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Johannes BRAHMS (1833-1897)
Hungarian Dances Volume 1 (arr. Joseph Joachim) [26:44]
Hungarian Dances Volume 2 (arr. Joachim) [25:40]
Joseph JOACHIM (1831-1907)
Variations in E minor [13:42]
Hagai Shaham (violin); Arnon Erez (piano)
rec. Jerusalem Music Centre, Jerusalem, Israel, 3-5 June 2007. DDD
HYPERION CDA67663 [66:08]
Experience Classicsonline

An uneasy relationship of professional admiration, a degree of jealousy, and awkward friendship existed between Johannes Brahms and Joseph Joachim. Brahms composed many works for Joachim - including his violin concerto, which he also dedicated to his friend, and he often turned to Joachim for help and advice. The upbringing of the two musicians was very different - Joachim had grown up with traditional Hungarian gypsy music - a type of music which hugely appealed to Brahms, who had been brought up in a more strictly classical tradition. Brahms therefore collected and arranged gypsy tunes as something exotic and foreign that nevertheless called strongly to him, whilst Joachim incorporated the spirit and melody of gypsy music into the character of his compositions as a natural matter of course.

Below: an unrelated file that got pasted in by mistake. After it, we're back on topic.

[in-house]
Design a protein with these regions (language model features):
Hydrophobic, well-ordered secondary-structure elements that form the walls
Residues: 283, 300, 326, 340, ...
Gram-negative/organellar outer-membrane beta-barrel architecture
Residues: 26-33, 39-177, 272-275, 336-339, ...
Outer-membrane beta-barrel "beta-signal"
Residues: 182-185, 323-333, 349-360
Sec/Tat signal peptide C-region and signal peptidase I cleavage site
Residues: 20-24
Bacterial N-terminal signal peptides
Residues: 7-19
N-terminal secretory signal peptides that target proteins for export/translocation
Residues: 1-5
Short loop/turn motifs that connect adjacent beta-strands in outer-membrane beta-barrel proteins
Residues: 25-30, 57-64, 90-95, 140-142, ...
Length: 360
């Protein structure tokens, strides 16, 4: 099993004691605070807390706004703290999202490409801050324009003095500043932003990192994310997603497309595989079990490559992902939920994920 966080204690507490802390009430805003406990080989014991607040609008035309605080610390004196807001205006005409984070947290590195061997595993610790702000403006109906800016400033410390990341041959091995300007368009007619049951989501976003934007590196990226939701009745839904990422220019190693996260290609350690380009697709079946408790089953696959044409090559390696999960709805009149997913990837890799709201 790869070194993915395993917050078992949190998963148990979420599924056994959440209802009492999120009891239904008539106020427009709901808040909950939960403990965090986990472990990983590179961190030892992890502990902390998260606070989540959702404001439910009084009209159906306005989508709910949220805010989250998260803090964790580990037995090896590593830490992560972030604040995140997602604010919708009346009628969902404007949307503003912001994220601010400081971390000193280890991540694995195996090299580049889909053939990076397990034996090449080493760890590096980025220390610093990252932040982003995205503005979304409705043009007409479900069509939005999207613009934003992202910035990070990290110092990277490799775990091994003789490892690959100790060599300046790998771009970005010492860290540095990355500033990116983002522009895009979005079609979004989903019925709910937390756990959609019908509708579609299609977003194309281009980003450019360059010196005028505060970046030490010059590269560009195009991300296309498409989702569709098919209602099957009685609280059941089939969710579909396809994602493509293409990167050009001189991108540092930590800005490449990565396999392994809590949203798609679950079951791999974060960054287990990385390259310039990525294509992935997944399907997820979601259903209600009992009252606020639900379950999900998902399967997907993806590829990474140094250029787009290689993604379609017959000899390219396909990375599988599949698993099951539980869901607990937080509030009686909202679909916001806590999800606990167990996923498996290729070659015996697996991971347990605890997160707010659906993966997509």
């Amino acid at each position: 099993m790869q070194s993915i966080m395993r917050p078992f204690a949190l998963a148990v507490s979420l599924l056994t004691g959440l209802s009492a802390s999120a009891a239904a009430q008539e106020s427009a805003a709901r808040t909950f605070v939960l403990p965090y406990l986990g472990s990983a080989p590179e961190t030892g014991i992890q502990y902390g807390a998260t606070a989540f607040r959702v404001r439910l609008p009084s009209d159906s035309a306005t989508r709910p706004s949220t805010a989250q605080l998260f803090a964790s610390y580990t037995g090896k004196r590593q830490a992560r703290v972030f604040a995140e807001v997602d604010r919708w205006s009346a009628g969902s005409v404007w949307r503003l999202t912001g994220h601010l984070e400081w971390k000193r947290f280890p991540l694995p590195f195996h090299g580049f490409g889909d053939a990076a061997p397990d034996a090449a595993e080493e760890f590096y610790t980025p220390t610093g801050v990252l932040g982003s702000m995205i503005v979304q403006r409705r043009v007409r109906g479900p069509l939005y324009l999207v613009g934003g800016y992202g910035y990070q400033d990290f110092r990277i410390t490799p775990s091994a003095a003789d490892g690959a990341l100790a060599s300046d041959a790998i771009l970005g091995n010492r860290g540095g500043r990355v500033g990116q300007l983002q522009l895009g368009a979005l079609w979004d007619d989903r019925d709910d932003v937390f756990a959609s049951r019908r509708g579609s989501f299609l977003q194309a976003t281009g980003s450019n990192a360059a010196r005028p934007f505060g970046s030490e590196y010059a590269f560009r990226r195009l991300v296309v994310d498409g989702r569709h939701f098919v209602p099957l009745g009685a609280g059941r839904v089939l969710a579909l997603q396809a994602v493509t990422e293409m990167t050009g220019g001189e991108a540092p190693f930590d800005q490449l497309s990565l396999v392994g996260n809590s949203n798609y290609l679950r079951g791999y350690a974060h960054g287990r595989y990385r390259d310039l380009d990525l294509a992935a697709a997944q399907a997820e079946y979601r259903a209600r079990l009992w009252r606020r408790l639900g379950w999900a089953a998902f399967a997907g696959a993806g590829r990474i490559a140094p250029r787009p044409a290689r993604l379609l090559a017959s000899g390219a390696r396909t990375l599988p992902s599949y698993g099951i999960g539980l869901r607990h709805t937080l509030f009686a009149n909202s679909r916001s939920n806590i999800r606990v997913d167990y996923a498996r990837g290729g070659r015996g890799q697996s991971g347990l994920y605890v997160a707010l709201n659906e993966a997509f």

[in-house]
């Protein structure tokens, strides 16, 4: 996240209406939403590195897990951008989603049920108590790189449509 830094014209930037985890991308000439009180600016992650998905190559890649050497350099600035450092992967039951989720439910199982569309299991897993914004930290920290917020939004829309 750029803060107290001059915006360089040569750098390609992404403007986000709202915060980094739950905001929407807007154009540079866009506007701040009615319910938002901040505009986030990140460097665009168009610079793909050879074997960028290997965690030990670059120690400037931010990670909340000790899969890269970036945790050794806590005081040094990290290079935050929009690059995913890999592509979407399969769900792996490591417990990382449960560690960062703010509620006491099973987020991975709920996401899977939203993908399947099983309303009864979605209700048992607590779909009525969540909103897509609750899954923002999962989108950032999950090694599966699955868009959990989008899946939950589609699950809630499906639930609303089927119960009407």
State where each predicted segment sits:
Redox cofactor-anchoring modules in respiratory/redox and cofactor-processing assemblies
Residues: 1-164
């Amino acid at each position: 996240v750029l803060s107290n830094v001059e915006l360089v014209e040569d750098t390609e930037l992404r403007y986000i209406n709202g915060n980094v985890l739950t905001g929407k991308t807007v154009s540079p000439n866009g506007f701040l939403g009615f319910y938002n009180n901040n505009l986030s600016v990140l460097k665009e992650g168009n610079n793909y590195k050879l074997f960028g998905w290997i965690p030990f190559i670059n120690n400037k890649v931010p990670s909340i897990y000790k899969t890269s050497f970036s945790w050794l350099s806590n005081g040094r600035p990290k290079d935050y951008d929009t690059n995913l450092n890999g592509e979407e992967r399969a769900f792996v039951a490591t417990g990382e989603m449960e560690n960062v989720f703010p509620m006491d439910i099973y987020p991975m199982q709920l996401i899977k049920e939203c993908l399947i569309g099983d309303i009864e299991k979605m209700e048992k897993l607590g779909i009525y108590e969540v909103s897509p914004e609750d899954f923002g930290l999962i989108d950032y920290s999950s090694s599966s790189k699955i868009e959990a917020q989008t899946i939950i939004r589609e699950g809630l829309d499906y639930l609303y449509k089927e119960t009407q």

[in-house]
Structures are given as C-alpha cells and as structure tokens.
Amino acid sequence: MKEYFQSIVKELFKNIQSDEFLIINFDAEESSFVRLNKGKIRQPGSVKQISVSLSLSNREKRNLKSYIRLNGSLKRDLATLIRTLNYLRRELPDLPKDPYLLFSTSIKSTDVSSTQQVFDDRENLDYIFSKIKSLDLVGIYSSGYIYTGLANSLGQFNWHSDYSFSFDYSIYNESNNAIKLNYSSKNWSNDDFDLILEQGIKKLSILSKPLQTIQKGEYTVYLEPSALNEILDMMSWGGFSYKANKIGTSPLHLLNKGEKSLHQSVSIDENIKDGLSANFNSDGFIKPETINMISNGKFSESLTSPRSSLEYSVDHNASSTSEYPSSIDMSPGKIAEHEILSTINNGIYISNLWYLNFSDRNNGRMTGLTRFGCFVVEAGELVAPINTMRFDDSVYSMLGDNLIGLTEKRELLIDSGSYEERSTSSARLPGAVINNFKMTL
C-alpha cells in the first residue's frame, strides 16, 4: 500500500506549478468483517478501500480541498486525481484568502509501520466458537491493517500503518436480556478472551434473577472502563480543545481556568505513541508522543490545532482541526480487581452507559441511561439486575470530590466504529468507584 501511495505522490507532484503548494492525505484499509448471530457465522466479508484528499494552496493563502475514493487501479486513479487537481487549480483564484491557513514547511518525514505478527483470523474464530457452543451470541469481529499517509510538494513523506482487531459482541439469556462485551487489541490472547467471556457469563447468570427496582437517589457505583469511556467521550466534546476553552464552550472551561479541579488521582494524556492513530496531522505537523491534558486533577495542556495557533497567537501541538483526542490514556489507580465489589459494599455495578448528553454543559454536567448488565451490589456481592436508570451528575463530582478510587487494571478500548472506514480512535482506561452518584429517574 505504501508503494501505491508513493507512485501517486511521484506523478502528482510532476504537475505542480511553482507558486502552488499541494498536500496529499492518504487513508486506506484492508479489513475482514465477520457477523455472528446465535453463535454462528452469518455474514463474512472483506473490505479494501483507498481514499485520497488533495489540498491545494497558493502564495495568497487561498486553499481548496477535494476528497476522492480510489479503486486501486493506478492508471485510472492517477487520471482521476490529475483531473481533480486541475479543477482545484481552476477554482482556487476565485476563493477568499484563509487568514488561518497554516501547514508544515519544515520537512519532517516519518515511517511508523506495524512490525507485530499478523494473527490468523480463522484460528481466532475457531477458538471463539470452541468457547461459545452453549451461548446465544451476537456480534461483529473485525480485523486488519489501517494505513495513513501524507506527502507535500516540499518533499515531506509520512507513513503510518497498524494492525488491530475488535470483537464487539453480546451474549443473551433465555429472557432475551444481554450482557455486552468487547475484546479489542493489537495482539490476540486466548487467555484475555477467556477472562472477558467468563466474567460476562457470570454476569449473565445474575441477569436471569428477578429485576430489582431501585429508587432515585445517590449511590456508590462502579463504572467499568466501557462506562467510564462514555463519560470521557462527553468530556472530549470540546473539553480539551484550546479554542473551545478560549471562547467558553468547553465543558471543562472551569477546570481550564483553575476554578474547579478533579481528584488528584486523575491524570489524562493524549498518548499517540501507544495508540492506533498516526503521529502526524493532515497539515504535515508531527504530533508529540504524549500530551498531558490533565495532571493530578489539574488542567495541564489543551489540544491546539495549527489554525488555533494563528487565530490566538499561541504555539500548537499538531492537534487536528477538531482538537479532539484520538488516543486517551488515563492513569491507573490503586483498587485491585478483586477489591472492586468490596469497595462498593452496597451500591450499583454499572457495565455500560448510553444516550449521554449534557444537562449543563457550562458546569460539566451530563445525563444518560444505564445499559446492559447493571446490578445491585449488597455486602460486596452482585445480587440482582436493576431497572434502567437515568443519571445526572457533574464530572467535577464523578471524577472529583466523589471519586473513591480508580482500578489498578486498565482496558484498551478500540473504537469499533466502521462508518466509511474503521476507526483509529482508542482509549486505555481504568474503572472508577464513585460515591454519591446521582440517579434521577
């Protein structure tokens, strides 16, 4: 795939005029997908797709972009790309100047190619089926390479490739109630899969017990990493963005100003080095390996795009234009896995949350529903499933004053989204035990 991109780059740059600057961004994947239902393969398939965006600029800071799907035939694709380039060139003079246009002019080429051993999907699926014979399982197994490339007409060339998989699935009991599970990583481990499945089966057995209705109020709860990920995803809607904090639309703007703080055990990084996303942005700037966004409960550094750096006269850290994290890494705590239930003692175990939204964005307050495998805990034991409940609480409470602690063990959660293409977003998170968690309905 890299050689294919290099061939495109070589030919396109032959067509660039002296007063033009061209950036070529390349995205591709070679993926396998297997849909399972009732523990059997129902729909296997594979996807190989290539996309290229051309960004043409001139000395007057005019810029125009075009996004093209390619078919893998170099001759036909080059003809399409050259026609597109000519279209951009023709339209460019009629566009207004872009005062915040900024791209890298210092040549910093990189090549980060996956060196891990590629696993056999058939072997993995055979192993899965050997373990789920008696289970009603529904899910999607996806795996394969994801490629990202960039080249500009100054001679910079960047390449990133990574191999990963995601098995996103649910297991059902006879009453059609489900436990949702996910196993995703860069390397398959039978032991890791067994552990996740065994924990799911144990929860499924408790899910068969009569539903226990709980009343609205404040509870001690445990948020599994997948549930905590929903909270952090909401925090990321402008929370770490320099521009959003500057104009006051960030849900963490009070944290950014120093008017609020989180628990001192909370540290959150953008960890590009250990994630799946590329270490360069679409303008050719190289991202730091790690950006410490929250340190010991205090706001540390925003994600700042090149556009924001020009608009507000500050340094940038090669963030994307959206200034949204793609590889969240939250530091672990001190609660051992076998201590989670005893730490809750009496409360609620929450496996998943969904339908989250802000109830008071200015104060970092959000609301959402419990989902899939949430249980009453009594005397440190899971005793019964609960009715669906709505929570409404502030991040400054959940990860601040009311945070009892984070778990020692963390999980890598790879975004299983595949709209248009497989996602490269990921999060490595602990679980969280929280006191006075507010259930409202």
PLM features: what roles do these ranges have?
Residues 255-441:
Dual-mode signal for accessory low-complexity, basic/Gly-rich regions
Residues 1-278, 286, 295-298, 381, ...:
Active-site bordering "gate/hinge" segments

Brahms considered his Hungarian Dances to be arrangements rather than original compositions. The Dances were originally published for solo piano or piano duet, and Joachim arranged them for the natural gypsy instrument, the violin, accompanied by the piano. He had quite a free hand with the arrangements, adding new cadenzas and passages, sometimes transposing sections, and ornamenting the melodic lines liberally to create a version more true to the wildness of the gypsy style.

On this disc from Hyperion, the two sets of Brahms’s Hungarian Dances are followed by Joachim’s Variations in E minor, which he dedicated to Sarasate, following Sarasate’s dedication of a set of Spanish Dances to him. The Variations in E minor is one of the very few works that Joachim composed in the later part of his life. The piece is are still pervaded by the spirit of the gypsy violinist, if less overtly than the Hungarian Dances.

The performers on this disc, the Israelite duo Hagai Shaham and Arnon Erez, give excellent performances - full-blooded, fiery, romantic and passionate, but with filigree touches of delicacy and sensitivity where needed. Shaham’s dark tone suits the music perfectly. The pieces are fiendishly difficult, yet Shaham and Erez play them with virtuosic flair. A superb disc.

Em Marshall 



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